provides down-mixing circuitry that complies with Lo/Ro down-mixing for DVD-Video (Dolby
Digital, DTS) and digital broadcast (Japan, MPEG-2 AAC), allowing you to check the down-mix
playback immediately.
The values of attenuation meta-data for down-mixing can also be adjusted, allows you to determine the
appropriate attenuation values for each production.
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©2005 YAMAHA Corporation, ©2005 SONA Corporation
3. Playback environment
The playback environment consists of two aspects; room acoustics (which include the room shape,
absorptivity, reflectivity, and diffusivity characteristics), and speaker placement.
This chapter will discuss speaker placement.
Discussions of music-related media commonly refer to Rec. ITU-R BS. 775-1[1] ([Fig. 19])
recommendations. For other media as well, references are often made to ITU-R standards, or to
compliance with the above-discussed DVD-Video environment.
3-1. Rec. ITU-R BS. 775-1
The ITU-R speaker placement is a recommendation (Rec.) set forth by the International
Telecommunication Union -- Radio Communication Section.
Rec. ITU-R BS. 775-1 (Multi-channel Stereophonic Sound System With and Without Accompanying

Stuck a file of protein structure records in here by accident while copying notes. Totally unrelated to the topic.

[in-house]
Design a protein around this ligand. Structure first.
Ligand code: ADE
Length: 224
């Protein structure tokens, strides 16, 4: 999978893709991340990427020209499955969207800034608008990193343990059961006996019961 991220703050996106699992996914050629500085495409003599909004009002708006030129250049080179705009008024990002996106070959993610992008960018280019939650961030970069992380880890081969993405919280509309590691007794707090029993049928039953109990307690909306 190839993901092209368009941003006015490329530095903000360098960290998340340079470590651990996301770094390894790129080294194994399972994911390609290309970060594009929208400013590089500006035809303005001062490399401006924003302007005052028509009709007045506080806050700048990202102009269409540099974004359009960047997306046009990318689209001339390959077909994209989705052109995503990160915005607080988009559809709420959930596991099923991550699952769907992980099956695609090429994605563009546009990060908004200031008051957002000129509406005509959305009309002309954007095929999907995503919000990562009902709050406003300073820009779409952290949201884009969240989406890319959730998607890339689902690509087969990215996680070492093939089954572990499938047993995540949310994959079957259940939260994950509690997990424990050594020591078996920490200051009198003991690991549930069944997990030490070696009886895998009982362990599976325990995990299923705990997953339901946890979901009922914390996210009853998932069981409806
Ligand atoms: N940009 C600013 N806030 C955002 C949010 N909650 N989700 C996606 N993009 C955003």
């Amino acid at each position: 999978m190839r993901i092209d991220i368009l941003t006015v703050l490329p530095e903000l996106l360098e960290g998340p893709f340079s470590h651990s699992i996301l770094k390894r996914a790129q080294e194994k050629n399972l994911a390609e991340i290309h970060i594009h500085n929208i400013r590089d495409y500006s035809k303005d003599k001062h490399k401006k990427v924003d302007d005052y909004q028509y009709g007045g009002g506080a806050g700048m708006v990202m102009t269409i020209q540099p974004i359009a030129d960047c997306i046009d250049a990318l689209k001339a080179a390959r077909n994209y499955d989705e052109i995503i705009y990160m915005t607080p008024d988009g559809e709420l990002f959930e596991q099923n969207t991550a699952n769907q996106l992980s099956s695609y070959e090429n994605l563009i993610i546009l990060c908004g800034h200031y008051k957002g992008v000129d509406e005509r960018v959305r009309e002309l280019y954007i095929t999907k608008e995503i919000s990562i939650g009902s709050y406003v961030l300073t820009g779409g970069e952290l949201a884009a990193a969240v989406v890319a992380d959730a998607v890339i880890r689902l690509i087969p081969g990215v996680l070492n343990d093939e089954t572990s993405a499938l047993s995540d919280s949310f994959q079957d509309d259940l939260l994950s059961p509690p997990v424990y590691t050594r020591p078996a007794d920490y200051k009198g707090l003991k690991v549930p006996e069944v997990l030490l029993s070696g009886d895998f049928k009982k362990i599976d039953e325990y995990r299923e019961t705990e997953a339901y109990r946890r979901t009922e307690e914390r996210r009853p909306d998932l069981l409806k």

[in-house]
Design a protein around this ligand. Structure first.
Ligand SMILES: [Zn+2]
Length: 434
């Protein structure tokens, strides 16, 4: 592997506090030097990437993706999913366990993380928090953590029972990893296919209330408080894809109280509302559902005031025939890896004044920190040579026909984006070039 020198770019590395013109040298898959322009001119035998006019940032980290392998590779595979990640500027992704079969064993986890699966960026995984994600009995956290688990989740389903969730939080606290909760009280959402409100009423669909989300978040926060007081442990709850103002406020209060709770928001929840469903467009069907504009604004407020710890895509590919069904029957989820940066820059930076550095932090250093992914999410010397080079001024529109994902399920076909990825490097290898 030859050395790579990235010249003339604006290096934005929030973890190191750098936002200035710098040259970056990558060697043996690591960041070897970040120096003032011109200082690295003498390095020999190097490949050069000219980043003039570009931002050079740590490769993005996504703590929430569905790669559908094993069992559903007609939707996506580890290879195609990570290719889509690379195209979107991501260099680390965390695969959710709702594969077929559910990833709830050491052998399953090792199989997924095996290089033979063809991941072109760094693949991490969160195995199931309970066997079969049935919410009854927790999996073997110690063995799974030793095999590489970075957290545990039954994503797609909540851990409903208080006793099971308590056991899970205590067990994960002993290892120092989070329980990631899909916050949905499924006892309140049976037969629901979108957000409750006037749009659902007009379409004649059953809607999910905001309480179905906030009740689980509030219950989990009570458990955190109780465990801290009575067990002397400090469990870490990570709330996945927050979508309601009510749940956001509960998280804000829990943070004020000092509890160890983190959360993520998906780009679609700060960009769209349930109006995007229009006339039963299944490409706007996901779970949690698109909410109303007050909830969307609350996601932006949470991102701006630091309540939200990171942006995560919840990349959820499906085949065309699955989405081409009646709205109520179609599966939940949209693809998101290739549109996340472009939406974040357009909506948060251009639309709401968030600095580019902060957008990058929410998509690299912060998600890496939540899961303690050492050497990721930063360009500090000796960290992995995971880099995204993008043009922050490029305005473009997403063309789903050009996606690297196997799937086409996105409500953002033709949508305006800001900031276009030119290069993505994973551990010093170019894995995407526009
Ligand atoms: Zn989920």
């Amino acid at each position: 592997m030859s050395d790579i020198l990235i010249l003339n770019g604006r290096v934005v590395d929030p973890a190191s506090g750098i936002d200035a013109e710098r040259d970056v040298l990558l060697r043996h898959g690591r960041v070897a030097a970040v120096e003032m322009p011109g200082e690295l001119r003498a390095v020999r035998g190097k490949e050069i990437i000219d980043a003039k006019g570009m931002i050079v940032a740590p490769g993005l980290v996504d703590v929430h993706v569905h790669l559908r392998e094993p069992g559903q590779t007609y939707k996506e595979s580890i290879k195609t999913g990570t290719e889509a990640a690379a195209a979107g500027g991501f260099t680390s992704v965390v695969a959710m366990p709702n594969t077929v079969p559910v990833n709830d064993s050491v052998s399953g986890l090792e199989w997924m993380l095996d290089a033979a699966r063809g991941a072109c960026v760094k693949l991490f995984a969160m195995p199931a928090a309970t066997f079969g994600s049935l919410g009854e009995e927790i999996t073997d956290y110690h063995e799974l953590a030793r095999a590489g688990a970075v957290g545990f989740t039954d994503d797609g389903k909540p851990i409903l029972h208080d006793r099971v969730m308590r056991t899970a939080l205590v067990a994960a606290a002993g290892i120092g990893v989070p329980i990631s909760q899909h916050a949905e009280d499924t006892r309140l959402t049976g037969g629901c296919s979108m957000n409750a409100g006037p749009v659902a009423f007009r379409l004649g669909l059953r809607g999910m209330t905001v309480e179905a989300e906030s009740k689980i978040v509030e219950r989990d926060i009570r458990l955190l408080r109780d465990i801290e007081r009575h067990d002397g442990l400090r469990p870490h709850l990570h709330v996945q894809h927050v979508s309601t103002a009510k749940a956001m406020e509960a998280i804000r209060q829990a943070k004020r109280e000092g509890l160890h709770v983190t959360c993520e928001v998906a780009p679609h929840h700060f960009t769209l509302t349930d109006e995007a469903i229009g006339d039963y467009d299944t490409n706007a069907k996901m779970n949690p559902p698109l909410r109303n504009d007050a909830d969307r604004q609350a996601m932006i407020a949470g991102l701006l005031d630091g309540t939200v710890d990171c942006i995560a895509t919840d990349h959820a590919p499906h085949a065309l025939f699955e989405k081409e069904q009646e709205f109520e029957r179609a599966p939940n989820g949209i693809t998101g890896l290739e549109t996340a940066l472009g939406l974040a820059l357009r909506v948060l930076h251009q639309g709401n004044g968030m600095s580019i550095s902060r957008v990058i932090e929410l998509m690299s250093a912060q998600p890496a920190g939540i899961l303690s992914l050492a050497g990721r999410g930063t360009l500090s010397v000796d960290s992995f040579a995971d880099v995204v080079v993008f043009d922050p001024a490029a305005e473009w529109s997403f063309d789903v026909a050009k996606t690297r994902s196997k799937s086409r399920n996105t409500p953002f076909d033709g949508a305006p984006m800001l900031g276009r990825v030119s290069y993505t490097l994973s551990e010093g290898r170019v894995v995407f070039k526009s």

Picture) was produced by the radio communication sector of the ITU under the impetus of the advent of
HDTV (1992-1994). For this reason, most broadcast stations take Rec. ITU-R BS. 775-1 as the standard
for their playback environment. This speaker placement is also acknowledged as the standard one for a
wide range of playback environments, including music production.
If you want to apply a uniform standard to your production environment, or if you do not have special
intentions regarding the playback sound-field, it is desirable to adopt the ITU-R placement for your
playback environment.
3-1-1. ITU-R speaker placement
RS
R
100°
120°
60°
C
110°
L
LS
L,C,R
< 1 5°
LS,RS
1.2m
[Fig. 19] Rec. ITU-R BS. 775-1, in case of using one loudspeaker for each LS and RS
The main features of the ITU-R placement are as follows.
Note: In addition to a layout placing one surround speaker each for LS and RS, Rec. ITU-R BS.755-1 also
describes layouts that place multiple speakers. However in this document we will discuss only the first of
these.
1. L/R angle of separation = 60˚
This emphasizes compatibility with conventional audio listening environments (an equilateral triangle